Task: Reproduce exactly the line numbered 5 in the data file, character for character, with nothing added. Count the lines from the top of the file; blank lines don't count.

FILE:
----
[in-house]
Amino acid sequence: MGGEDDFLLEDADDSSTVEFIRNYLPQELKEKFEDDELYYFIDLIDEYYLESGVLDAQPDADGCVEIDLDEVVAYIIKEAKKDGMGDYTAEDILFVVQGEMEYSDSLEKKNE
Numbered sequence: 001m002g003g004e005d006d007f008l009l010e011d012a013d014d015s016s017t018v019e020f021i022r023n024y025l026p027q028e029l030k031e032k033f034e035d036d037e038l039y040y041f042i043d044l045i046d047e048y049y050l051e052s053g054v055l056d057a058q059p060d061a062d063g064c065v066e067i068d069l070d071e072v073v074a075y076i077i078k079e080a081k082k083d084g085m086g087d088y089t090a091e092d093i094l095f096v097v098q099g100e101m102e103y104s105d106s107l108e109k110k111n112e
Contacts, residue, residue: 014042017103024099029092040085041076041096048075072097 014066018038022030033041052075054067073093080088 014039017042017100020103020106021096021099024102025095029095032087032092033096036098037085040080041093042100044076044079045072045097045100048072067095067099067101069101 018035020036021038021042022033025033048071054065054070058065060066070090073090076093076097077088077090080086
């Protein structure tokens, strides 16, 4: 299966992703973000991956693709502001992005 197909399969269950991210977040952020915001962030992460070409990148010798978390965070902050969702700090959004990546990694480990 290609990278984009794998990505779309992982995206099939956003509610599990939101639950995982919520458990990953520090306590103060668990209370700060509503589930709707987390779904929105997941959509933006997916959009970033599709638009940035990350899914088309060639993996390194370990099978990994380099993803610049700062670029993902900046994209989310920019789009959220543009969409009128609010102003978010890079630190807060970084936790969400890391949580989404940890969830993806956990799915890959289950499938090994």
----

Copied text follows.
């Protein structure tokens, strides 16, 4: 299966992703973000991956693709502001992005 197909399969269950991210977040952020915001962030992460070409990148010798978390965070902050969702700090959004990546990694480990 290609990278984009794998990505779309992982995206099939956003509610599990939101639950995982919520458990990953520090306590103060668990209370700060509503589930709707987390779904929105997941959509933006997916959009970033599709638009940035990350899914088309060639993996390194370990099978990994380099993803610049700062670029993902900046994209989310920019789009959220543009969409009128609010102003978010890079630190807060970084936790969400890391949580989404940890969830993806956990799915890959289950499938090994």